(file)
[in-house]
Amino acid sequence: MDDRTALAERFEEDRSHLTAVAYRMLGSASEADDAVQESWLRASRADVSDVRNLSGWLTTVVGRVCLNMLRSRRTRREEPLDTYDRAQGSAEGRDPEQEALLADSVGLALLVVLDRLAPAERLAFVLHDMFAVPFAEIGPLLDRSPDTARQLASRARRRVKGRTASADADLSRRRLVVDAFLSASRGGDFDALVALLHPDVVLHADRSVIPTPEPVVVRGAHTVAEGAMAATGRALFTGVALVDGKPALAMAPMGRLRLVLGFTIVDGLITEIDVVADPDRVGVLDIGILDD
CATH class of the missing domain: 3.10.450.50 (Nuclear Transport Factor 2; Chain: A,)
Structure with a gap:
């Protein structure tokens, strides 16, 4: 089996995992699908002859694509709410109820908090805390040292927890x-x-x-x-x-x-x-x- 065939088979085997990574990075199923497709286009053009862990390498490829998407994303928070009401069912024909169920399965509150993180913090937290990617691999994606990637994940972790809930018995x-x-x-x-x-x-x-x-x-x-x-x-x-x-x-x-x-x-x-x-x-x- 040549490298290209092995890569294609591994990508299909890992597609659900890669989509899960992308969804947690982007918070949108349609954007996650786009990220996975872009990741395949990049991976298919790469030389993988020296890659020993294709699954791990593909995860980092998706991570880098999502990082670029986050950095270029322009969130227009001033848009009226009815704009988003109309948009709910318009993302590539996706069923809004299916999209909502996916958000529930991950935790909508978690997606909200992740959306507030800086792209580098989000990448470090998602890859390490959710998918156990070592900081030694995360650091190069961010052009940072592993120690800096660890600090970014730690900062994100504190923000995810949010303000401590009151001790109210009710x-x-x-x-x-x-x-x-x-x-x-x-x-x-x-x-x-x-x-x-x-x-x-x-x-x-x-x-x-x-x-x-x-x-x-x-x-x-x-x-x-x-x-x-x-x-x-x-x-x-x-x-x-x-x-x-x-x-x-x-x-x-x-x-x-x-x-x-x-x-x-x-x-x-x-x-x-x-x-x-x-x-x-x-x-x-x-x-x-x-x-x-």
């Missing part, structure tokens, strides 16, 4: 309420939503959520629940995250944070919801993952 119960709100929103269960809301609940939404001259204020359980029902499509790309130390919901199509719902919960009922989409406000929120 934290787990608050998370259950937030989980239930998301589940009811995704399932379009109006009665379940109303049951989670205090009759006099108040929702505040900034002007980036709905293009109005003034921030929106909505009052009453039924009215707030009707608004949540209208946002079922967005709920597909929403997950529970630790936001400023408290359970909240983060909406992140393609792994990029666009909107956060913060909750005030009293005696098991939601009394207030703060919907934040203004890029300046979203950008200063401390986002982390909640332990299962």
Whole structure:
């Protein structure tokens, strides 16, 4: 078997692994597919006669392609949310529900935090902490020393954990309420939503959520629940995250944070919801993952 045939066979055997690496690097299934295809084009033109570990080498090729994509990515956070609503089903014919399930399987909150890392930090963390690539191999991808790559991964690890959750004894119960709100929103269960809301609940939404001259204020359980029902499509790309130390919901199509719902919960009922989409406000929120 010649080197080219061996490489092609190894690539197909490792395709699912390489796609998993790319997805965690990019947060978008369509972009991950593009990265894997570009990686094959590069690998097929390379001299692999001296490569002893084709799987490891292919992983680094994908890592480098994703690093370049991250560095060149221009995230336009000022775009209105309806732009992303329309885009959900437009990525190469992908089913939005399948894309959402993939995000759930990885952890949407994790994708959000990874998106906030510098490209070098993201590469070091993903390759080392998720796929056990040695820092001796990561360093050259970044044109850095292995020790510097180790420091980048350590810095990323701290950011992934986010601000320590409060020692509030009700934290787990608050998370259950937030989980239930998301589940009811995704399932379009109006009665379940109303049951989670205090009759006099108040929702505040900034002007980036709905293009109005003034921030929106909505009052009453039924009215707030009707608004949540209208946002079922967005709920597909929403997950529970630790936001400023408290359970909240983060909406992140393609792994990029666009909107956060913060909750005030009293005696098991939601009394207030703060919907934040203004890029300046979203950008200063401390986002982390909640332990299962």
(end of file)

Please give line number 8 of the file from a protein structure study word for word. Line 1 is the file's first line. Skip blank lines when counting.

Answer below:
């Protein structure tokens, strides 16, 4: 078997692994597919006669392609949310529900935090902490020393954990309420939503959520629940995250944070919801993952 045939066979055997690496690097299934295809084009033109570990080498090729994509990515956070609503089903014919399930399987909150890392930090963390690539191999991808790559991964690890959750004894119960709100929103269960809301609940939404001259204020359980029902499509790309130390919901199509719902919960009922989409406000929120 010649080197080219061996490489092609190894690539197909490792395709699912390489796609998993790319997805965690990019947060978008369509972009991950593009990265894997570009990686094959590069690998097929390379001299692999001296490569002893084709799987490891292919992983680094994908890592480098994703690093370049991250560095060149221009995230336009000022775009209105309806732009992303329309885009959900437009990525190469992908089913939005399948894309959402993939995000759930990885952890949407994790994708959000990874998106906030510098490209070098993201590469070091993903390759080392998720796929056990040695820092001796990561360093050259970044044109850095292995020790510097180790420091980048350590810095990323701290950011992934986010601000320590409060020692509030009700934290787990608050998370259950937030989980239930998301589940009811995704399932379009109006009665379940109303049951989670205090009759006099108040929702505040900034002007980036709905293009109005003034921030929106909505009052009453039924009215707030009707608004949540209208946002079922967005709920597909929403997950529970630790936001400023408290359970909240983060909406992140393609792994990029666009909107956060913060909750005030009293005696098991939601009394207030703060919907934040203004890029300046979203950008200063401390986002982390909640332990299962």